I went to Zbroya Gun Day on May 14th with a libertarian friend of mine from Kyiv.
Zbroya is Ukraine’s only association of gun owners. It formed in October 2009 after a long bureaucratic process during which the founder, George Uchaikyn, obtained permission from the first deputies of Ukraine’s Army, Police and Justice Department. (more info here)
My friend Vlad and I walked through a park to reach the lodge, unsure of what to expect. We found tables and food and live rock music. The event was very well organized.
All those participating in the shooting portion were broken into three groups which rotated between pistol, shotgun and rifle ranges. A lady followed each group and recorded scores. I wish I’d realized from the beginning that I was being graded.
As is the case with similar events I’ve attended in the U.S. the staff emphasized safety. Each rotation began with a block of instruction geared toward beginners. At the pistol range, we didn’t even load the weapon. We only fired it.
I expected to do best at the rifle range. Even though they were Mosin bolt-action rifles, I thought my experience with M16s and M4s would translate. However my best rotation was the trap range. I hit six out of ten.
After the shooting portion of the event, everyone made a determined move to the food. The staff tallied the scores and Gregory, the founder of Zbroya, thanked sponsors and participants, and announced the winner. The highest post total was a hundred sixty something. Third place was a hundred forty something. Mine was a hundred fourteen. Maybe next time.
The participants I spoke sound very similar to their American counterparts. After getting to know you, they express frustration at the legal difficulties of gun ownership, and of common people’s fear and bias against guns. They say what I’ve heard many time before, “if only people would come to our events and try it for themselves.”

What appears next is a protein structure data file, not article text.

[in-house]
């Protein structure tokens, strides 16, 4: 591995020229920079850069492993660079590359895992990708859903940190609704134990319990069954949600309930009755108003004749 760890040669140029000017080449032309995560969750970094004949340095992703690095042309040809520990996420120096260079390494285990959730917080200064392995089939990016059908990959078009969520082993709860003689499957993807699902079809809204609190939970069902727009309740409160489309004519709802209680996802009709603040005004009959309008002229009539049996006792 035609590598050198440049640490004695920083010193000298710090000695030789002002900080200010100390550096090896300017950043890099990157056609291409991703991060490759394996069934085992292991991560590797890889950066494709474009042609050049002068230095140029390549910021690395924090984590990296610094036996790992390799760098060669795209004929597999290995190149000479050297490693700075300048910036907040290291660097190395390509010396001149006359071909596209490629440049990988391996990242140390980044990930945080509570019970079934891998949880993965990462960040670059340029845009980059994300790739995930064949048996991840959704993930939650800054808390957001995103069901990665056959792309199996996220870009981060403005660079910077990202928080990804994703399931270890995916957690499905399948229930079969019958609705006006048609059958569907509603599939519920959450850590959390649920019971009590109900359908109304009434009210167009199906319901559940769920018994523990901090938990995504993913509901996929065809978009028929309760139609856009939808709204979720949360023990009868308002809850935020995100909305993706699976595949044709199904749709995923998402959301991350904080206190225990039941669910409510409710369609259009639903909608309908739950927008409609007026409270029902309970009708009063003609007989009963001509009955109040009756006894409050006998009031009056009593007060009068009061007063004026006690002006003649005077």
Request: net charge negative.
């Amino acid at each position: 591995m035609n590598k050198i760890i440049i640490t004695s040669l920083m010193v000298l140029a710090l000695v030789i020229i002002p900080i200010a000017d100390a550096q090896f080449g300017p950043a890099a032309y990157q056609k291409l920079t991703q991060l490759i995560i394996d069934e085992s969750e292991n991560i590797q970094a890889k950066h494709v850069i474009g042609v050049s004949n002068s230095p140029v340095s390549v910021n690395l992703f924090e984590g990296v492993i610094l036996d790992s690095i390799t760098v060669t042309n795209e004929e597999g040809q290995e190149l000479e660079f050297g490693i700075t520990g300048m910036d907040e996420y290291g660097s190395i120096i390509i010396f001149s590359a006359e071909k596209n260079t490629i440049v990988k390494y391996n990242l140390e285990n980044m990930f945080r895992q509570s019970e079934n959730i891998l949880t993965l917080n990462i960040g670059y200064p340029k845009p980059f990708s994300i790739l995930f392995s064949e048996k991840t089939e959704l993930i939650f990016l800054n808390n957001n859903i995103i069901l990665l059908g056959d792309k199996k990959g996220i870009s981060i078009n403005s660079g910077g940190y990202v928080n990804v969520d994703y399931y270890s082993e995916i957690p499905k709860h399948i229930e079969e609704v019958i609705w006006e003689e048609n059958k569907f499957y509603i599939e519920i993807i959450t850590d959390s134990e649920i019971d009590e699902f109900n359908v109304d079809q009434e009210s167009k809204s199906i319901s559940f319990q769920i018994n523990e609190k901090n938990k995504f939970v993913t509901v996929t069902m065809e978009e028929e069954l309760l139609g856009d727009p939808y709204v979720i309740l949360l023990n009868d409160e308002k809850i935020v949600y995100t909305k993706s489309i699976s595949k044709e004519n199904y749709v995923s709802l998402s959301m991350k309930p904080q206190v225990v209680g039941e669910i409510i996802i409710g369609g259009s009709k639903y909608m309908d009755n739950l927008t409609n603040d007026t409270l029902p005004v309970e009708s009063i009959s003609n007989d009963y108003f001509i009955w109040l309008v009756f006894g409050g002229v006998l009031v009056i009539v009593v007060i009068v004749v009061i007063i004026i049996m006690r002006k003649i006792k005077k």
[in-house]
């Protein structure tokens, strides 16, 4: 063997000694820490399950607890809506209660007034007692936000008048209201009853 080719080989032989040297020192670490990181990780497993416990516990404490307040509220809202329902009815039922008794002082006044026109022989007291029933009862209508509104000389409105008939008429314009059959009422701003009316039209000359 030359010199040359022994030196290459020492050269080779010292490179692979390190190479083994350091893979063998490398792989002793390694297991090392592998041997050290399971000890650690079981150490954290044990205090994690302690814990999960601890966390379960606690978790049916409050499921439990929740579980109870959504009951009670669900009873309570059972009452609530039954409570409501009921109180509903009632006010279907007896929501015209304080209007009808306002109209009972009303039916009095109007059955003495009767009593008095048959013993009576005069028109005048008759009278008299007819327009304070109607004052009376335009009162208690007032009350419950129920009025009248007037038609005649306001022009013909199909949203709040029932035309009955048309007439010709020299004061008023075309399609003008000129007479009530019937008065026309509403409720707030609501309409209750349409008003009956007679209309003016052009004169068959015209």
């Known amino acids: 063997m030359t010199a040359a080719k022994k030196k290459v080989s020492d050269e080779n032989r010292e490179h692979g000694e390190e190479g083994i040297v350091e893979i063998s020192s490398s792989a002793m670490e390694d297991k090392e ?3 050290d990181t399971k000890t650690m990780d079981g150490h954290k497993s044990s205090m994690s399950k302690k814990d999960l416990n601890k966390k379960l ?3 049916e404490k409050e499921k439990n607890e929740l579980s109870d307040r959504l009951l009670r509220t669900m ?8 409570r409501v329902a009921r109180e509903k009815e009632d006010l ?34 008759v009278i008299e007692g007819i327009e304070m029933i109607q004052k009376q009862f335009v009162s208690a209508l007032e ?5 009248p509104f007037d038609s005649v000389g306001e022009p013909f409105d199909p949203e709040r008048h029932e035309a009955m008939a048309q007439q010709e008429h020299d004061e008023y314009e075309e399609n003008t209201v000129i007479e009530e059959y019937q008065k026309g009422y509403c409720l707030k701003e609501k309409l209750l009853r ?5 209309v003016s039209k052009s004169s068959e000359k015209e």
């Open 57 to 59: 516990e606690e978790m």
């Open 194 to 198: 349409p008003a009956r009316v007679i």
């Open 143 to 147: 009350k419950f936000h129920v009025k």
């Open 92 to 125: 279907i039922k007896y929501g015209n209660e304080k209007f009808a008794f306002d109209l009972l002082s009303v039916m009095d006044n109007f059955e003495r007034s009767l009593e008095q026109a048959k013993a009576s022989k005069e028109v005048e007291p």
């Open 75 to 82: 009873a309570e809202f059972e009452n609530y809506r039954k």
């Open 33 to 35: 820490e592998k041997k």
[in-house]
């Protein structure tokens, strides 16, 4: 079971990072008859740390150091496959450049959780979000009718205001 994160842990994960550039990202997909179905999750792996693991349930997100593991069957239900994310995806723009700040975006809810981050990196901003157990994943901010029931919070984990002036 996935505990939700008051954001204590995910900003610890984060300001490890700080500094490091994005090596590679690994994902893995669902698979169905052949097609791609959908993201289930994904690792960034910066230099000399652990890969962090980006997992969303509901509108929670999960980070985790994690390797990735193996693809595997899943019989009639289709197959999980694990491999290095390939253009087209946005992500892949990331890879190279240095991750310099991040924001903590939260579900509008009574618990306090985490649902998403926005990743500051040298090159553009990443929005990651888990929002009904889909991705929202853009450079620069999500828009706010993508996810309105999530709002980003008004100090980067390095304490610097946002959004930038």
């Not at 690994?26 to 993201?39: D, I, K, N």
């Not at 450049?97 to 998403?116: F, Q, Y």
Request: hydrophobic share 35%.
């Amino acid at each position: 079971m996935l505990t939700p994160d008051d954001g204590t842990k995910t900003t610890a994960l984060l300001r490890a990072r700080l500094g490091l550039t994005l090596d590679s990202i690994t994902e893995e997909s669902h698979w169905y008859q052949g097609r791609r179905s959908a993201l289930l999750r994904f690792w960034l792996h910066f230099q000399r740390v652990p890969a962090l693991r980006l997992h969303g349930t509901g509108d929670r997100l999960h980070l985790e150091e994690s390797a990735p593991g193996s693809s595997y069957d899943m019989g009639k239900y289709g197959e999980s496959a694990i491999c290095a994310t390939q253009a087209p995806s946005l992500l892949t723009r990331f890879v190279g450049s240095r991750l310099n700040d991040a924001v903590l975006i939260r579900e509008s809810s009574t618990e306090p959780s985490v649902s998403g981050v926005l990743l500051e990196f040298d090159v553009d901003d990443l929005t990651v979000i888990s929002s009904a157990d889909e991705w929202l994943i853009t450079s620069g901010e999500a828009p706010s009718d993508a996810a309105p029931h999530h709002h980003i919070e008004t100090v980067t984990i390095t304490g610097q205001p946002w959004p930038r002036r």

From what people told me at the event, it seems no definitive gun ownership laws exist in Ukraine, at least not for normal guns. Certain types of people (journalists, politicians, hunters) are explicitly allowed pneumatic (compressed-air-powered) guns.
The confusion about laws is consistent with my experience. Over the course of my ten month stay in Ukraine, I’ve gotten completely different and diametrically opposed answers about gun laws.
I’m very happy people like George exist, who are willing to jump the considerable bureaucratic hurdles and create a organization for gun owners in Ukraine.
For any gun ownership skeptics who may be reading my blog, I would say that the idea of a well armed society might, at first glace, seem violent, but experience tells the opposite story.
Gun laws only disarm law-abiding people. The most dangerous society is one in which only criminals and government are able to exercise lethal force.